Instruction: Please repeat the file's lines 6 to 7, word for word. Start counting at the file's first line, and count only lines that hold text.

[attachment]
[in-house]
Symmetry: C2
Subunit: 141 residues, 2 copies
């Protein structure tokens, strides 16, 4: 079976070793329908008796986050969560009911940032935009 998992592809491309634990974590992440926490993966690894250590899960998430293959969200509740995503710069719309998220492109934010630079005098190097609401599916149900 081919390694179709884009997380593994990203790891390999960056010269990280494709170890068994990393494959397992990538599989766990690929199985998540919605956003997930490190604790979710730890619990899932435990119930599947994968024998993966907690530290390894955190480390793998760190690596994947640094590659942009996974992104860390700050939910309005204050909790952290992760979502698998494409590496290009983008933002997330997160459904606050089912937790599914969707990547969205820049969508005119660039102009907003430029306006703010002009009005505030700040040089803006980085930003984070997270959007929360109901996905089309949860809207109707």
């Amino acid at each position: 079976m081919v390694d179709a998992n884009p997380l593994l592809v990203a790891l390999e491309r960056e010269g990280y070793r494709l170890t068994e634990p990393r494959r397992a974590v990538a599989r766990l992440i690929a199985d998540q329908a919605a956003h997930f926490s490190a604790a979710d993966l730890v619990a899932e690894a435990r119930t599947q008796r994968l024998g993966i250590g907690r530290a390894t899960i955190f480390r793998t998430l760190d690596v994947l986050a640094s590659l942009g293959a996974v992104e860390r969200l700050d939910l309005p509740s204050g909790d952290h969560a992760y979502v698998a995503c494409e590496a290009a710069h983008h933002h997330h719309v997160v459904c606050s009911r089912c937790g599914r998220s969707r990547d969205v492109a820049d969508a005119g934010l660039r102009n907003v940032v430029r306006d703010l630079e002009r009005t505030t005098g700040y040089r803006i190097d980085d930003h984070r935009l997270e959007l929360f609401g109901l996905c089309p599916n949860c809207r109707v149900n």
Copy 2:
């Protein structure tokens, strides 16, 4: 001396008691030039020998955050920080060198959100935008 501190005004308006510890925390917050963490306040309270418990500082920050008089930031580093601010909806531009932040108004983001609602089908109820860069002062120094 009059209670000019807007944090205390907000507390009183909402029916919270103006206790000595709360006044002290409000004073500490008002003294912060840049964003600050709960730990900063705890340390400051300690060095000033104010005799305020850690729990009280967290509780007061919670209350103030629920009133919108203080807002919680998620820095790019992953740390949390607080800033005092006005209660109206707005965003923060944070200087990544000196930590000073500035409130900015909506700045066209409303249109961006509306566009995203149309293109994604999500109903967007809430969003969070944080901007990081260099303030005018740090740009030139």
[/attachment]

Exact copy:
Copy 2:
């Protein structure tokens, strides 16, 4: 001396008691030039020998955050920080060198959100935008 501190005004308006510890925390917050963490306040309270418990500082920050008089930031580093601010909806531009932040108004983001609602089908109820860069002062120094 009059209670000019807007944090205390907000507390009183909402029916919270103006206790000595709360006044002290409000004073500490008002003294912060840049964003600050709960730990900063705890340390400051300690060095000033104010005799305020850690729990009280967290509780007061919670209350103030629920009133919108203080807002919680998620820095790019992953740390949390607080800033005092006005209660109206707005965003923060944070200087990544000196930590000073500035409130900015909506700045066209409303249109961006509306566009995203149309293109994604999500109903967007809430969003969070944080901007990081260099303030005018740090740009030139």